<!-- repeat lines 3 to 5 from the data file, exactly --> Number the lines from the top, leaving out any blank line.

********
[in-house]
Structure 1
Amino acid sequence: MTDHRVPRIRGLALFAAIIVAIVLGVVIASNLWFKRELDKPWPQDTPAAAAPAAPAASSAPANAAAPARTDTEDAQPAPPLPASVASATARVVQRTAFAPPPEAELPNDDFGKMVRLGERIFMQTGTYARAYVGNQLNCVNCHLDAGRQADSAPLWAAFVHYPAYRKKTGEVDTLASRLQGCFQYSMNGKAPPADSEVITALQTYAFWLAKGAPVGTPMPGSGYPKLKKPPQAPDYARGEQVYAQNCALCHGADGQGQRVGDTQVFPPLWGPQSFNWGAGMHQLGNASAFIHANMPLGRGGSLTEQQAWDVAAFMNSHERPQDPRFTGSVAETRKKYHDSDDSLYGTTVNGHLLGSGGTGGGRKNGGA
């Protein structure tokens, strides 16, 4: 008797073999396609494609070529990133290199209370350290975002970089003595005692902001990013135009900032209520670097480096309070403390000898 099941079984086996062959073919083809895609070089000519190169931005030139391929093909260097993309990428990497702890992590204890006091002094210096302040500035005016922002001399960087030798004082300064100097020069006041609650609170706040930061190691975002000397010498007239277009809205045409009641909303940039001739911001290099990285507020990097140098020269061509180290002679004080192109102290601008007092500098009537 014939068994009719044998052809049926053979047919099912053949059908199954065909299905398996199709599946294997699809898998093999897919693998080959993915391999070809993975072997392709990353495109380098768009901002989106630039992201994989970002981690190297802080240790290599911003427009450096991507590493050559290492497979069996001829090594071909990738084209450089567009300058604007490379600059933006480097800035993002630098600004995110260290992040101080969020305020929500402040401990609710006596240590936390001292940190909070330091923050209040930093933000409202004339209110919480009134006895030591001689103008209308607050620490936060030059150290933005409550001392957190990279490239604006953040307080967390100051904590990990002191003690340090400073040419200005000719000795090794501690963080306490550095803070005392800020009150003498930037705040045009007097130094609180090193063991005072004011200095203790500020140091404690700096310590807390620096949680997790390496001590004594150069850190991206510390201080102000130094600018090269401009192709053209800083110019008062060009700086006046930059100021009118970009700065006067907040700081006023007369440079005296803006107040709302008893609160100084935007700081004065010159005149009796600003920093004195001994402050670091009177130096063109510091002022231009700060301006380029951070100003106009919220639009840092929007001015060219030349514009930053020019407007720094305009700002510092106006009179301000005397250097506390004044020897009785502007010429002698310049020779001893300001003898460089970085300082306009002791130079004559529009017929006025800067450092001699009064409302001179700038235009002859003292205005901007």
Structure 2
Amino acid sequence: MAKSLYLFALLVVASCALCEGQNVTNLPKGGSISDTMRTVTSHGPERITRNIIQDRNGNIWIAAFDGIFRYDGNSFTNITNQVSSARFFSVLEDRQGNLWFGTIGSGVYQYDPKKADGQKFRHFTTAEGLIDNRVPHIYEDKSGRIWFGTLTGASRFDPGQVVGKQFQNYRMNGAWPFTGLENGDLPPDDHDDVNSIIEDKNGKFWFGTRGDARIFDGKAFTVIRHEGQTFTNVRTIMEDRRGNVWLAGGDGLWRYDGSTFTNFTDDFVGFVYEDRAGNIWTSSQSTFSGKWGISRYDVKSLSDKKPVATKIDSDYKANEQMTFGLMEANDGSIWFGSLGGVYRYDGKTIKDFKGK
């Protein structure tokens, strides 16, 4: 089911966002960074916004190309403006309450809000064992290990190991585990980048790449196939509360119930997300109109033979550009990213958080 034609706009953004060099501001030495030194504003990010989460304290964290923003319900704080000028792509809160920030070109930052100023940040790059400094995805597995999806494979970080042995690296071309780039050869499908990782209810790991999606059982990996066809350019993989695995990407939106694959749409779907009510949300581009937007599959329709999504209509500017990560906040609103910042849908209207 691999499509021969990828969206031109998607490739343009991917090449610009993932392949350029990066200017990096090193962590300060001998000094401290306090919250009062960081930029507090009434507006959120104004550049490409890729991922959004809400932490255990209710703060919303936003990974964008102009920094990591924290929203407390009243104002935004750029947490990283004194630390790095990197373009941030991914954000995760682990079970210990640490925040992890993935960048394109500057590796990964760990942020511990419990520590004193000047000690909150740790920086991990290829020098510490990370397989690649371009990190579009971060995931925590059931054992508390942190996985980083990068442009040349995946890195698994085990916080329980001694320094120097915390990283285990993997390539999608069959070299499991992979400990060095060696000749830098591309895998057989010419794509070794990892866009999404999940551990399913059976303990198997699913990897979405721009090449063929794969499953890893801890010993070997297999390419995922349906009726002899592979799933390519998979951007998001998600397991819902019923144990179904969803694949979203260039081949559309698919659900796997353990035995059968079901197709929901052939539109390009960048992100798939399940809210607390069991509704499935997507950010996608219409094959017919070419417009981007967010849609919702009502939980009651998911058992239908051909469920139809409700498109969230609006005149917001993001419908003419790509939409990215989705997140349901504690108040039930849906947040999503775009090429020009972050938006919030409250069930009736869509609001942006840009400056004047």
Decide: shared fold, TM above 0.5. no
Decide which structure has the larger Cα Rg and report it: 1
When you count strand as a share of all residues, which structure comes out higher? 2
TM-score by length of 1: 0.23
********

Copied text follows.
Amino acid sequence: MTDHRVPRIRGLALFAAIIVAIVLGVVIASNLWFKRELDKPWPQDTPAAAAPAAPAASSAPANAAAPARTDTEDAQPAPPLPASVASATARVVQRTAFAPPPEAELPNDDFGKMVRLGERIFMQTGTYARAYVGNQLNCVNCHLDAGRQADSAPLWAAFVHYPAYRKKTGEVDTLASRLQGCFQYSMNGKAPPADSEVITALQTYAFWLAKGAPVGTPMPGSGYPKLKKPPQAPDYARGEQVYAQNCALCHGADGQGQRVGDTQVFPPLWGPQSFNWGAGMHQLGNASAFIHANMPLGRGGSLTEQQAWDVAAFMNSHERPQDPRFTGSVAETRKKYHDSDDSLYGTTVNGHLLGSGGTGGGRKNGGA
């Protein structure tokens, strides 16, 4: 008797073999396609494609070529990133290199209370350290975002970089003595005692902001990013135009900032209520670097480096309070403390000898 099941079984086996062959073919083809895609070089000519190169931005030139391929093909260097993309990428990497702890992590204890006091002094210096302040500035005016922002001399960087030798004082300064100097020069006041609650609170706040930061190691975002000397010498007239277009809205045409009641909303940039001739911001290099990285507020990097140098020269061509180290002679004080192109102290601008007092500098009537 014939068994009719044998052809049926053979047919099912053949059908199954065909299905398996199709599946294997699809898998093999897919693998080959993915391999070809993975072997392709990353495109380098768009901002989106630039992201994989970002981690190297802080240790290599911003427009450096991507590493050559290492497979069996001829090594071909990738084209450089567009300058604007490379600059933006480097800035993002630098600004995110260290992040101080969020305020929500402040401990609710006596240590936390001292940190909070330091923050209040930093933000409202004339209110919480009134006895030591001689103008209308607050620490936060030059150290933005409550001392957190990279490239604006953040307080967390100051904590990990002191003690340090400073040419200005000719000795090794501690963080306490550095803070005392800020009150003498930037705040045009007097130094609180090193063991005072004011200095203790500020140091404690700096310590807390620096949680997790390496001590004594150069850190991206510390201080102000130094600018090269401009192709053209800083110019008062060009700086006046930059100021009118970009700065006067907040700081006023007369440079005296803006107040709302008893609160100084935007700081004065010159005149009796600003920093004195001994402050670091009177130096063109510091002022231009700060301006380029951070100003106009919220639009840092929007001015060219030349514009930053020019407007720094305009700002510092106006009179301000005397250097506390004044020897009785502007010429002698310049020779001893300001003898460089970085300082306009002791130079004559529009017929006025800067450092001699009064409302001179700038235009002859003292205005901007």
Structure 2